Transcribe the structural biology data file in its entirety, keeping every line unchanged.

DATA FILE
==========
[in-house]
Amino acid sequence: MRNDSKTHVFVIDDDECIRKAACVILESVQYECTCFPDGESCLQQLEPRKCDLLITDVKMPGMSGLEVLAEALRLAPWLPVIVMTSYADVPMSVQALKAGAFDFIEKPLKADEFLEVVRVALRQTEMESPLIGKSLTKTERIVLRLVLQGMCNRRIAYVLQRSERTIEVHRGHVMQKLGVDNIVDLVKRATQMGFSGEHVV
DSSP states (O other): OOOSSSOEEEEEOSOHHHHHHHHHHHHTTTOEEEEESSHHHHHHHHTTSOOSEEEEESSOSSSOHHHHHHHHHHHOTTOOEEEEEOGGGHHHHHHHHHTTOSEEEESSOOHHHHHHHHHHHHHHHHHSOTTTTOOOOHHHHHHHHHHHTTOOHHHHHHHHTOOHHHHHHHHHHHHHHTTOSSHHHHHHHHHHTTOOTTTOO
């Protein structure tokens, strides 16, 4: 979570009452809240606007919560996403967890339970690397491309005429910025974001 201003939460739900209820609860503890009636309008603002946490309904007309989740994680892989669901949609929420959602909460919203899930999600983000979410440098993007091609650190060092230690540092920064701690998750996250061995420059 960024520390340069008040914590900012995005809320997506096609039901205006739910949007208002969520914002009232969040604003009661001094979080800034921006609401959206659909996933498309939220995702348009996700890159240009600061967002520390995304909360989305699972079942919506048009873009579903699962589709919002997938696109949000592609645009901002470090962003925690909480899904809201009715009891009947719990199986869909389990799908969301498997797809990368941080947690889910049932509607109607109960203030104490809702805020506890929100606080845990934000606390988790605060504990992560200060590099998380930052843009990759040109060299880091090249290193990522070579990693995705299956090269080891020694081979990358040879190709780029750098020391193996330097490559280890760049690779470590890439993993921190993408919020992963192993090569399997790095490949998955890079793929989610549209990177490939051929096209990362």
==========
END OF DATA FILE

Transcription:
[in-house]
Amino acid sequence: MRNDSKTHVFVIDDDECIRKAACVILESVQYECTCFPDGESCLQQLEPRKCDLLITDVKMPGMSGLEVLAEALRLAPWLPVIVMTSYADVPMSVQALKAGAFDFIEKPLKADEFLEVVRVALRQTEMESPLIGKSLTKTERIVLRLVLQGMCNRRIAYVLQRSERTIEVHRGHVMQKLGVDNIVDLVKRATQMGFSGEHVV
DSSP states (O other): OOOSSSOEEEEEOSOHHHHHHHHHHHHTTTOEEEEESSHHHHHHHHTTSOOSEEEEESSOSSSOHHHHHHHHHHHOTTOOEEEEEOGGGHHHHHHHHHTTOSEEEESSOOHHHHHHHHHHHHHHHHHSOTTTTOOOOHHHHHHHHHHHTTOOHHHHHHHHTOOHHHHHHHHHHHHHHTTOSSHHHHHHHHHHTTOOTTTOO
């Protein structure tokens, strides 16, 4: 979570009452809240606007919560996403967890339970690397491309005429910025974001 201003939460739900209820609860503890009636309008603002946490309904007309989740994680892989669901949609929420959602909460919203899930999600983000979410440098993007091609650190060092230690540092920064701690998750996250061995420059 960024520390340069008040914590900012995005809320997506096609039901205006739910949007208002969520914002009232969040604003009661001094979080800034921006609401959206659909996933498309939220995702348009996700890159240009600061967002520390995304909360989305699972079942919506048009873009579903699962589709919002997938696109949000592609645009901002470090962003925690909480899904809201009715009891009947719990199986869909389990799908969301498997797809990368941080947690889910049932509607109607109960203030104490809702805020506890929100606080845990934000606390988790605060504990992560200060590099998380930052843009990759040109060299880091090249290193990522070579990693995705299956090269080891020694081979990358040879190709780029750098020391193996330097490559280890760049690779470590890439993993921190993408919020992963192993090569399997790095490949998955890079793929989610549209990177490939051929096209990362």